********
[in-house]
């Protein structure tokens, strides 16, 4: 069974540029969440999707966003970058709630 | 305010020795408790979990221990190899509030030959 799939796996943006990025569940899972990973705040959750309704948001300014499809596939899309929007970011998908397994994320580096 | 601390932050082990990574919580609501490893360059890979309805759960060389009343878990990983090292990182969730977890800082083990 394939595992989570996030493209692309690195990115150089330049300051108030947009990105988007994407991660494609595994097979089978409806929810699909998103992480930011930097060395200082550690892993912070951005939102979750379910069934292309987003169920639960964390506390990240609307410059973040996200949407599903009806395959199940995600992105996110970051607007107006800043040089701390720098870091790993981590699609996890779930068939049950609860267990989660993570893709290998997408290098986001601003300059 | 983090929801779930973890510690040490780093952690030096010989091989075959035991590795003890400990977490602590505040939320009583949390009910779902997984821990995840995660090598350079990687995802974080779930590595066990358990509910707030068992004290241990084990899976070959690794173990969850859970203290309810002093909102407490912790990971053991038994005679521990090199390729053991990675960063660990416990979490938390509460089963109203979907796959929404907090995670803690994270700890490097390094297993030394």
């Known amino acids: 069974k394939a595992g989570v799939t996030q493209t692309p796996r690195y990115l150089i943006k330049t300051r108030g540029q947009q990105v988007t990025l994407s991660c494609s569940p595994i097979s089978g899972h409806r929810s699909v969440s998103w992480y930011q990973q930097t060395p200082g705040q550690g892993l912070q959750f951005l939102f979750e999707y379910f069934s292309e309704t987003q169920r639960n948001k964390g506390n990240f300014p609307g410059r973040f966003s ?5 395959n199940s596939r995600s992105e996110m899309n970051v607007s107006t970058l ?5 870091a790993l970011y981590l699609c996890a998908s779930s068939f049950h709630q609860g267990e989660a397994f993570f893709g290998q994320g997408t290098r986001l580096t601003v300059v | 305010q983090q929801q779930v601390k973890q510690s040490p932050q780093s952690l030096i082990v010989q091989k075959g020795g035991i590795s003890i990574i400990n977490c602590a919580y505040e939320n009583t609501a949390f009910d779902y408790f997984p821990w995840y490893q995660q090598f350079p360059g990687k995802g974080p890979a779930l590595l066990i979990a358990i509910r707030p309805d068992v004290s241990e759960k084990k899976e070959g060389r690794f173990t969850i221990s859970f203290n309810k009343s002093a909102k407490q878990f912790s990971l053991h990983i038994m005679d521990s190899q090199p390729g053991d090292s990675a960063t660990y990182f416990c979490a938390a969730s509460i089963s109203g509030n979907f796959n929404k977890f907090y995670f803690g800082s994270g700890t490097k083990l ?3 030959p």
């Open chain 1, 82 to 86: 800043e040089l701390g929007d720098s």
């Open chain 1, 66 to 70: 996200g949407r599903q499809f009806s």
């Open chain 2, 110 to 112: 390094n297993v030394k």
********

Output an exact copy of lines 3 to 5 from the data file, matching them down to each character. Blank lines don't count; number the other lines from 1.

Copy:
């Known amino acids: 069974k394939a595992g989570v799939t996030q493209t692309p796996r690195y990115l150089i943006k330049t300051r108030g540029q947009q990105v988007t990025l994407s991660c494609s569940p595994i097979s089978g899972h409806r929810s699909v969440s998103w992480y930011q990973q930097t060395p200082g705040q550690g892993l912070q959750f951005l939102f979750e999707y379910f069934s292309e309704t987003q169920r639960n948001k964390g506390n990240f300014p609307g410059r973040f966003s ?5 395959n199940s596939r995600s992105e996110m899309n970051v607007s107006t970058l ?5 870091a790993l970011y981590l699609c996890a998908s779930s068939f049950h709630q609860g267990e989660a397994f993570f893709g290998q994320g997408t290098r986001l580096t601003v300059v | 305010q983090q929801q779930v601390k973890q510690s040490p932050q780093s952690l030096i082990v010989q091989k075959g020795g035991i590795s003890i990574i400990n977490c602590a919580y505040e939320n009583t609501a949390f009910d779902y408790f997984p821990w995840y490893q995660q090598f350079p360059g990687k995802g974080p890979a779930l590595l066990i979990a358990i509910r707030p309805d068992v004290s241990e759960k084990k899976e070959g060389r690794f173990t969850i221990s859970f203290n309810k009343s002093a909102k407490q878990f912790s990971l053991h990983i038994m005679d521990s190899q090199p390729g053991d090292s990675a960063t660990y990182f416990c979490a938390a969730s509460i089963s109203g509030n979907f796959n929404k977890f907090y995670f803690g800082s994270g700890t490097k083990l ?3 030959p």
């Open chain 1, 82 to 86: 800043e040089l701390g929007d720098s």
């Open chain 1, 66 to 70: 996200g949407r599903q499809f009806s």